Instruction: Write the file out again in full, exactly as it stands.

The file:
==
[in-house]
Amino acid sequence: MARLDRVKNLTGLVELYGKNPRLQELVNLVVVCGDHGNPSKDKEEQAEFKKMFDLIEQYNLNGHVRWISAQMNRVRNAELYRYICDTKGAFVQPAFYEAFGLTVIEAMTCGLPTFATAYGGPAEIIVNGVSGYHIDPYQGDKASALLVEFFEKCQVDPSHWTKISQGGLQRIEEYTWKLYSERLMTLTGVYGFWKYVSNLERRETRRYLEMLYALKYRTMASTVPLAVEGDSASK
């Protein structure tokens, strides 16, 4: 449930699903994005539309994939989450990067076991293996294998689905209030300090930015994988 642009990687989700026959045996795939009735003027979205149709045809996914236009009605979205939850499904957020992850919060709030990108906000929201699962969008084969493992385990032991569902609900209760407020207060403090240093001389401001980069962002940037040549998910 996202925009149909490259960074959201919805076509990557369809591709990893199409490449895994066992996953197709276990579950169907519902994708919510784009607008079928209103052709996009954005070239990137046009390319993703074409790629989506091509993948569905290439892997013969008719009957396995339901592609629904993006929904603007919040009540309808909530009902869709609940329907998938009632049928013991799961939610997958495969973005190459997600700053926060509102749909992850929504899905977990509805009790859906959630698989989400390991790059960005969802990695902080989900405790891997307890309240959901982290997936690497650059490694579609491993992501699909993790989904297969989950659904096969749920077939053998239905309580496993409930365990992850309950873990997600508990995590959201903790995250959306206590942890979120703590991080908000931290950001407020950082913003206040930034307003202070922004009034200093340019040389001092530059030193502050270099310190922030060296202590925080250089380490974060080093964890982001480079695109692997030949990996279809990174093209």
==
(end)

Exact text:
[in-house]
Amino acid sequence: MARLDRVKNLTGLVELYGKNPRLQELVNLVVVCGDHGNPSKDKEEQAEFKKMFDLIEQYNLNGHVRWISAQMNRVRNAELYRYICDTKGAFVQPAFYEAFGLTVIEAMTCGLPTFATAYGGPAEIIVNGVSGYHIDPYQGDKASALLVEFFEKCQVDPSHWTKISQGGLQRIEEYTWKLYSERLMTLTGVYGFWKYVSNLERRETRRYLEMLYALKYRTMASTVPLAVEGDSASK
């Protein structure tokens, strides 16, 4: 449930699903994005539309994939989450990067076991293996294998689905209030300090930015994988 642009990687989700026959045996795939009735003027979205149709045809996914236009009605979205939850499904957020992850919060709030990108906000929201699962969008084969493992385990032991569902609900209760407020207060403090240093001389401001980069962002940037040549998910 996202925009149909490259960074959201919805076509990557369809591709990893199409490449895994066992996953197709276990579950169907519902994708919510784009607008079928209103052709996009954005070239990137046009390319993703074409790629989506091509993948569905290439892997013969008719009957396995339901592609629904993006929904603007919040009540309808909530009902869709609940329907998938009632049928013991799961939610997958495969973005190459997600700053926060509102749909992850929504899905977990509805009790859906959630698989989400390991790059960005969802990695902080989900405790891997307890309240959901982290997936690497650059490694579609491993992501699909993790989904297969989950659904096969749920077939053998239905309580496993409930365990992850309950873990997600508990995590959201903790995250959306206590942890979120703590991080908000931290950001407020950082913003206040930034307003202070922004009034200093340019040389001092530059030193502050270099310190922030060296202590925080250089380490974060080093964890982001480079695109692997030949990996279809990174093209």